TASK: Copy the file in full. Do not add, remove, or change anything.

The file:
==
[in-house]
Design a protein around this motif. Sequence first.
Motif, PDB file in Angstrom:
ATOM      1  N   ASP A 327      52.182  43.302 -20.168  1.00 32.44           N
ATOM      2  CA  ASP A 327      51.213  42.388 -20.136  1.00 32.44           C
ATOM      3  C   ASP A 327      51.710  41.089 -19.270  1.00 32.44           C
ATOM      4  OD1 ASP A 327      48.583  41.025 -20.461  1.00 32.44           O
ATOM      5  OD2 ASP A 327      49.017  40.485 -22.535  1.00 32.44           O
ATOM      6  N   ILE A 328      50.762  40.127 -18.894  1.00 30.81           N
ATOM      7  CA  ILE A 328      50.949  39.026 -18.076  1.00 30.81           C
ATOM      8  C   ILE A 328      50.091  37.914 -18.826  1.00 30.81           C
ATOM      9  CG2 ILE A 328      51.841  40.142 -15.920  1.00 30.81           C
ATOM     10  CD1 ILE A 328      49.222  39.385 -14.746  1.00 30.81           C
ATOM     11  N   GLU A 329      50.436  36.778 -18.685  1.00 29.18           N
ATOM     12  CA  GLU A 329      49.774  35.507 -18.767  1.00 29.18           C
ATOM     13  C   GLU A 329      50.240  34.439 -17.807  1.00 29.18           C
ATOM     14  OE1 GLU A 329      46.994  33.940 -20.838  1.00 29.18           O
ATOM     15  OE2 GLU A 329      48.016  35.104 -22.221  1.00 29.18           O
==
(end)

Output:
[in-house]
Design a protein around this motif. Sequence first.
Motif, PDB file in Angstrom:
ATOM      1  N   ASP A 327      52.182  43.302 -20.168  1.00 32.44           N
ATOM      2  CA  ASP A 327      51.213  42.388 -20.136  1.00 32.44           C
ATOM      3  C   ASP A 327      51.710  41.089 -19.270  1.00 32.44           C
ATOM      4  OD1 ASP A 327      48.583  41.025 -20.461  1.00 32.44           O
ATOM      5  OD2 ASP A 327      49.017  40.485 -22.535  1.00 32.44           O
ATOM      6  N   ILE A 328      50.762  40.127 -18.894  1.00 30.81           N
ATOM      7  CA  ILE A 328      50.949  39.026 -18.076  1.00 30.81           C
ATOM      8  C   ILE A 328      50.091  37.914 -18.826  1.00 30.81           C
ATOM      9  CG2 ILE A 328      51.841  40.142 -15.920  1.00 30.81           C
ATOM     10  CD1 ILE A 328      49.222  39.385 -14.746  1.00 30.81           C
ATOM     11  N   GLU A 329      50.436  36.778 -18.685  1.00 29.18           N
ATOM     12  CA  GLU A 329      49.774  35.507 -18.767  1.00 29.18           C
ATOM     13  C   GLU A 329      50.240  34.439 -17.807  1.00 29.18           C
ATOM     14  OE1 GLU A 329      46.994  33.940 -20.838  1.00 29.18           O
ATOM     15  OE2 GLU A 329      48.016  35.104 -22.221  1.00 29.18           O